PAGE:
The Rising Cost of the Shirt on Your Back: When Commodity Spikes Impact Consumer Prices

Ever since starting Spend Matters, I've always thought there was an interesting intersection worth exploring between the business-to-business and business-to-consumer elements of procurement and supply chain. Yet at the same time, I have found it difficult -- except in commodity areas where pricing is transparent for at least some items that consumers end up paying for directly (e.g., gasoline) -- to explain the exact link in simple terms to end customers. Yet a new linkage between B2B and B2C where consumers will end up paying more thanks to price increases and potential capacity constrained markets literally will impact the shirt on your back, or at least the cost of it. Thanks to higher prices and supply reductions for cotton, CNN notes, "stores could have you paying more for your favorite clothing" as early as January, owning to a doubling of cotton prices in 2010 in part because "major Asian cotton producers" have "choked off global supply."

What led to the supply shortage? CNN suggests a domino effect as the culprit, starting with a drought in China, floods in Pakistan and recent Indian trade restrictions designed to "protect domestic supplies and prices." The cascading effect could lead to a price increase for t-shirts of 20%, according to one source quoted in the article. And it could also lead to material substitution as well, as textile suppliers and garment producers look to offer alternative fabrics incorporating preppy-handbook horror-of-horrors "poly-cotton" blends into broader clothing lines.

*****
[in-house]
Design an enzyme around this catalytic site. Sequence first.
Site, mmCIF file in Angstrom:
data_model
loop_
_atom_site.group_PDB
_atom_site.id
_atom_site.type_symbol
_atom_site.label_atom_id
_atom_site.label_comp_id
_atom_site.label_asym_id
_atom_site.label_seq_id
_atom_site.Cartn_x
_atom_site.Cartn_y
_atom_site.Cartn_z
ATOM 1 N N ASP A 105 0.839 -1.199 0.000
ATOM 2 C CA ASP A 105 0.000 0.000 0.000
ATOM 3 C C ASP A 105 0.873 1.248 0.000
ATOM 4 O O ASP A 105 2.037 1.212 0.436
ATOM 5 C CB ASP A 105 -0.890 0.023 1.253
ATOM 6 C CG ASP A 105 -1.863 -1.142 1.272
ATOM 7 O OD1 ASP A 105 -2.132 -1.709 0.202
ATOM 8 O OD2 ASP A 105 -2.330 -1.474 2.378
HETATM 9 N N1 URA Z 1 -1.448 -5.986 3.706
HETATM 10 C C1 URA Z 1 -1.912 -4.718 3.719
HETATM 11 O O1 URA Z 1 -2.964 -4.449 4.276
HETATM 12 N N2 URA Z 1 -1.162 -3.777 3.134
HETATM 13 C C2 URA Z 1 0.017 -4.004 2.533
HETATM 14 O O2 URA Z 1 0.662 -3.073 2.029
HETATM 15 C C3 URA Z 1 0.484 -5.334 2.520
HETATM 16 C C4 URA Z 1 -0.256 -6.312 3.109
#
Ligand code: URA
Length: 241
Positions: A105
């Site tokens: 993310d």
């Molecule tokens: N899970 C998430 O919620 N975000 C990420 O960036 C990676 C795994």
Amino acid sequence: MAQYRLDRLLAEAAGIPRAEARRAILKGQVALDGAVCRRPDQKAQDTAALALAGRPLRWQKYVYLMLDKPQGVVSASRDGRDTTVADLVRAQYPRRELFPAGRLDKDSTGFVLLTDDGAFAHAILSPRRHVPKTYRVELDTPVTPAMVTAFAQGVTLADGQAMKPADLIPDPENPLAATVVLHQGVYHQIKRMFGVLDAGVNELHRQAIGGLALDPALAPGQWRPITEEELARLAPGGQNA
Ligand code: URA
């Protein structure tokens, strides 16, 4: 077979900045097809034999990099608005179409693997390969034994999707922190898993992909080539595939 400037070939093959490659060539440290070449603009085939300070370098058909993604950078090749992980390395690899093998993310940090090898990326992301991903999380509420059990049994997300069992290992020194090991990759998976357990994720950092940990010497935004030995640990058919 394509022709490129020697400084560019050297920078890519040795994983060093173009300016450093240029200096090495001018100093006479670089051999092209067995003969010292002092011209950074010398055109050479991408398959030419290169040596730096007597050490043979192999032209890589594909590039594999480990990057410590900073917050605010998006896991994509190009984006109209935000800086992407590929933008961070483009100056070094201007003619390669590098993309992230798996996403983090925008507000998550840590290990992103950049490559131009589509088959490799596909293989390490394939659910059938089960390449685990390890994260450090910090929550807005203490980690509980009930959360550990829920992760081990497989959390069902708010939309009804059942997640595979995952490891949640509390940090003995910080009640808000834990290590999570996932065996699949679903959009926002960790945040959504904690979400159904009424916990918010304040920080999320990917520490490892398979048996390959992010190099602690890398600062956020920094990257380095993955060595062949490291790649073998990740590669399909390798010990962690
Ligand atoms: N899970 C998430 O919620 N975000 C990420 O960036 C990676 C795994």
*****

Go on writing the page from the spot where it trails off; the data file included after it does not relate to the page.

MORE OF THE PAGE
For the average consumer, the case of rising cotton prices and potential supply shortages is not as transparent as paying two bucks more per gallon for gasoline. After all, we buy clothing less often than we fill up at the pump. Yet it does highlight to a typical household the types of volatility that companies face on a quarterly basis in terms of managing many commodity buys. And from a B2B perspective, I also believe that cotton price spikes will portend greater volatility in other commodity areas as well, as the weather patterns that in part impacted the crop are likely to drive volatility elsewhere. Maybe we should all take a few bucks out of our savings accounts and start stacking up fifty pound bags of sugar, wheat and rice in the closest (incidentally, a couple of years back, I remember when warehouse stores starting limiting the sale of rice based on just such behavior).

Jason Busch

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